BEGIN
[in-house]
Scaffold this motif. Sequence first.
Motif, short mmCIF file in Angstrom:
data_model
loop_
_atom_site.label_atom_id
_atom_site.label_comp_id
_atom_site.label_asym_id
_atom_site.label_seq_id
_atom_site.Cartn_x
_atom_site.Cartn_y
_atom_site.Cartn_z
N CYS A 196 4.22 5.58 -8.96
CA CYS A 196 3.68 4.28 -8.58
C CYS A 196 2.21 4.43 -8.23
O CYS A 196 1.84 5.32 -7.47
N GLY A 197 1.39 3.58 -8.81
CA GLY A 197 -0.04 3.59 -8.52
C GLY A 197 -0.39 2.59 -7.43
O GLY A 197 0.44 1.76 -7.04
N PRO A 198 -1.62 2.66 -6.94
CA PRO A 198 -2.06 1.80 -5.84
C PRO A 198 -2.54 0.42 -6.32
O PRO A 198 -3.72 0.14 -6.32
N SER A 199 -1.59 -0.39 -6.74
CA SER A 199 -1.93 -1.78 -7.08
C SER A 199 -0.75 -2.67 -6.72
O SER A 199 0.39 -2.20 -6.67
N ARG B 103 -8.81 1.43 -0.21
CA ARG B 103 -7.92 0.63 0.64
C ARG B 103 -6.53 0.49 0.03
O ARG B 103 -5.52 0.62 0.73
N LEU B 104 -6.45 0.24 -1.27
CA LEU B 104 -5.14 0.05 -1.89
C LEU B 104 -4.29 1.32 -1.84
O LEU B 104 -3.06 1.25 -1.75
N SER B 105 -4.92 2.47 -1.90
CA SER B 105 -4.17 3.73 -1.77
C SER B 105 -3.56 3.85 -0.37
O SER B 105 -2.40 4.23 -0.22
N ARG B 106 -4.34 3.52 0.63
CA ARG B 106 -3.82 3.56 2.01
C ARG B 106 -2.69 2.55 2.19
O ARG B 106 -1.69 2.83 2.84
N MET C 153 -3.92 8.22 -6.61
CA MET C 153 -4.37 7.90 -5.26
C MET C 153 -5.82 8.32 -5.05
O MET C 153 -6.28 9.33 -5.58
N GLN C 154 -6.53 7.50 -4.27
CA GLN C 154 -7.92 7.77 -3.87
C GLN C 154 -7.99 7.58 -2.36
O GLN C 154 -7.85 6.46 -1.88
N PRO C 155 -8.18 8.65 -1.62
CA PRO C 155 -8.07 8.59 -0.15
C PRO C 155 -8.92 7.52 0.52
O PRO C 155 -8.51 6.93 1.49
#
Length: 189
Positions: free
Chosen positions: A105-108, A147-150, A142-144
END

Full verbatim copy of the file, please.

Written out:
[in-house]
Scaffold this motif. Sequence first.
Motif, short mmCIF file in Angstrom:
data_model
loop_
_atom_site.label_atom_id
_atom_site.label_comp_id
_atom_site.label_asym_id
_atom_site.label_seq_id
_atom_site.Cartn_x
_atom_site.Cartn_y
_atom_site.Cartn_z
N CYS A 196 4.22 5.58 -8.96
CA CYS A 196 3.68 4.28 -8.58
C CYS A 196 2.21 4.43 -8.23
O CYS A 196 1.84 5.32 -7.47
N GLY A 197 1.39 3.58 -8.81
CA GLY A 197 -0.04 3.59 -8.52
C GLY A 197 -0.39 2.59 -7.43
O GLY A 197 0.44 1.76 -7.04
N PRO A 198 -1.62 2.66 -6.94
CA PRO A 198 -2.06 1.80 -5.84
C PRO A 198 -2.54 0.42 -6.32
O PRO A 198 -3.72 0.14 -6.32
N SER A 199 -1.59 -0.39 -6.74
CA SER A 199 -1.93 -1.78 -7.08
C SER A 199 -0.75 -2.67 -6.72
O SER A 199 0.39 -2.20 -6.67
N ARG B 103 -8.81 1.43 -0.21
CA ARG B 103 -7.92 0.63 0.64
C ARG B 103 -6.53 0.49 0.03
O ARG B 103 -5.52 0.62 0.73
N LEU B 104 -6.45 0.24 -1.27
CA LEU B 104 -5.14 0.05 -1.89
C LEU B 104 -4.29 1.32 -1.84
O LEU B 104 -3.06 1.25 -1.75
N SER B 105 -4.92 2.47 -1.90
CA SER B 105 -4.17 3.73 -1.77
C SER B 105 -3.56 3.85 -0.37
O SER B 105 -2.40 4.23 -0.22
N ARG B 106 -4.34 3.52 0.63
CA ARG B 106 -3.82 3.56 2.01
C ARG B 106 -2.69 2.55 2.19
O ARG B 106 -1.69 2.83 2.84
N MET C 153 -3.92 8.22 -6.61
CA MET C 153 -4.37 7.90 -5.26
C MET C 153 -5.82 8.32 -5.05
O MET C 153 -6.28 9.33 -5.58
N GLN C 154 -6.53 7.50 -4.27
CA GLN C 154 -7.92 7.77 -3.87
C GLN C 154 -7.99 7.58 -2.36
O GLN C 154 -7.85 6.46 -1.88
N PRO C 155 -8.18 8.65 -1.62
CA PRO C 155 -8.07 8.59 -0.15
C PRO C 155 -8.92 7.52 0.52
O PRO C 155 -8.51 6.93 1.49
#
Length: 189
Positions: free
Chosen positions: A105-108, A147-150, A142-144